During the photoshoot, and after, we were discussing the fact that we all entered a sort of meditative, trance-like state when we were writing the words, because it was impossible to keep track of what each sentence meant, and the feeling of an eyeliner pencil stroking one’s skin is very relaxing, somewhat like a massage. Éloïse, one of the models, rightly pointed out that we were actually focusing on the poetry of the words and letting go of the story’s meaning. Which is all for the better, as the story is not meant to be read in its entirety.
Britain Uncovered: Although this is somewhat different to the various body positivity photoshoots we’ve held for Britain Uncovered, the body is still very much at the heart of the images you also created. How significant is the human body element, and do you find these types of photoshoots inspiring or empowering to be a part of?
Alice: The human body has always been at the centre of my photography – after all, I started out by taking pictures of locals in countries I was visiting, mainly because they had so much more to convey than a building or a sunset view. I love capturing everything the human body can do, how it interacts with others and how it changes from one person to the other and how they act in front of the camera. Which is why I have loved working with dancers so far, and endeavour to include movements that can relate to dancing in every photoshoot I do. I always find it more inspiring to work with the human body because it allows for a never-ending renewal of creativity and inspiration.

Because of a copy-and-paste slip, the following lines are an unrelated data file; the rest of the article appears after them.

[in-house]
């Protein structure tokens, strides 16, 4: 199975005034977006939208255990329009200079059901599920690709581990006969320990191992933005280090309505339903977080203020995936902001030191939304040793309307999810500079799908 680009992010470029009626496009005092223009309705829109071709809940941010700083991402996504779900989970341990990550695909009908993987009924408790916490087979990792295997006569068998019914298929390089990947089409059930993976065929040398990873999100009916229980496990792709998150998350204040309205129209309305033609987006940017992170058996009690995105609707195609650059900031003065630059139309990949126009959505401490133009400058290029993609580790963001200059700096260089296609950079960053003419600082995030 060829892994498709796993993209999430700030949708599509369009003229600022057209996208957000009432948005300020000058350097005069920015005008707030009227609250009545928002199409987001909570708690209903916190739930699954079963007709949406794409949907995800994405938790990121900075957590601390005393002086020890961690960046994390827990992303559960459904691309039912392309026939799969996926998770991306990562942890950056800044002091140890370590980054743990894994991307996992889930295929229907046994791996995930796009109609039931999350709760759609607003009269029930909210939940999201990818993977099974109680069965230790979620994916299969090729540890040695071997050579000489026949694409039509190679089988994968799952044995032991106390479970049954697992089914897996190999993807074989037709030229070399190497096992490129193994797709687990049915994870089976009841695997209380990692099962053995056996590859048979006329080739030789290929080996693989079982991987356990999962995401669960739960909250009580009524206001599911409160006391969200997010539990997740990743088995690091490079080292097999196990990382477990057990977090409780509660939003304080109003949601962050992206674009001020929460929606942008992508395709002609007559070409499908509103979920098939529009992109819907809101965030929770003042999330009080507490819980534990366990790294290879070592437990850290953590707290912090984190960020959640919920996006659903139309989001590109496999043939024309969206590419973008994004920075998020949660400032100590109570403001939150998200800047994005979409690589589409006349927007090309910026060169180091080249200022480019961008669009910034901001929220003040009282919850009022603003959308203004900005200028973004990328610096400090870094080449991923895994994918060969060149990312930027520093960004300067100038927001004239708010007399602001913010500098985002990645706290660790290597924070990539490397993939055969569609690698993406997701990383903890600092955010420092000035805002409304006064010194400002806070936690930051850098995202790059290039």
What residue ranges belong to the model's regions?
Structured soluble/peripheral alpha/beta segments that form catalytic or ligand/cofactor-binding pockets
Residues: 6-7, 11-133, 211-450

Britain Uncovered: How do you wish viewers to perceive the human body in this unique context, and what is the significance of the human body being featured in this way? Is the body intended to be seen in a celebratory light, or are you seeking to normalise/desexualise the body, perhaps?
Alice: I believe that Write me a Novel is celebrating the human body by showing off the many facets of what it can be: a vessel carrying a story, a canvas for art, a mirror for the author who identifies with other people and uses them as inspiration. Each model more or less became their character during the photoshoot (they each have one chapter written on them, and each chapter is centred around one character), to the point that one of them decided to have two sentences permanently tattooed on her arm.
I think it both normalises and desexualises the body, because they are not completely naked and do not need to be: nudity would probably take something away from the project, when I am simply showing that so much more can be done with the body, especially in art – why close oneself off from different types of canvases?
Britain Uncovered: What are some of the major challenges with a shoot like this, and were you ultimately happy with the end results you achieved on the day?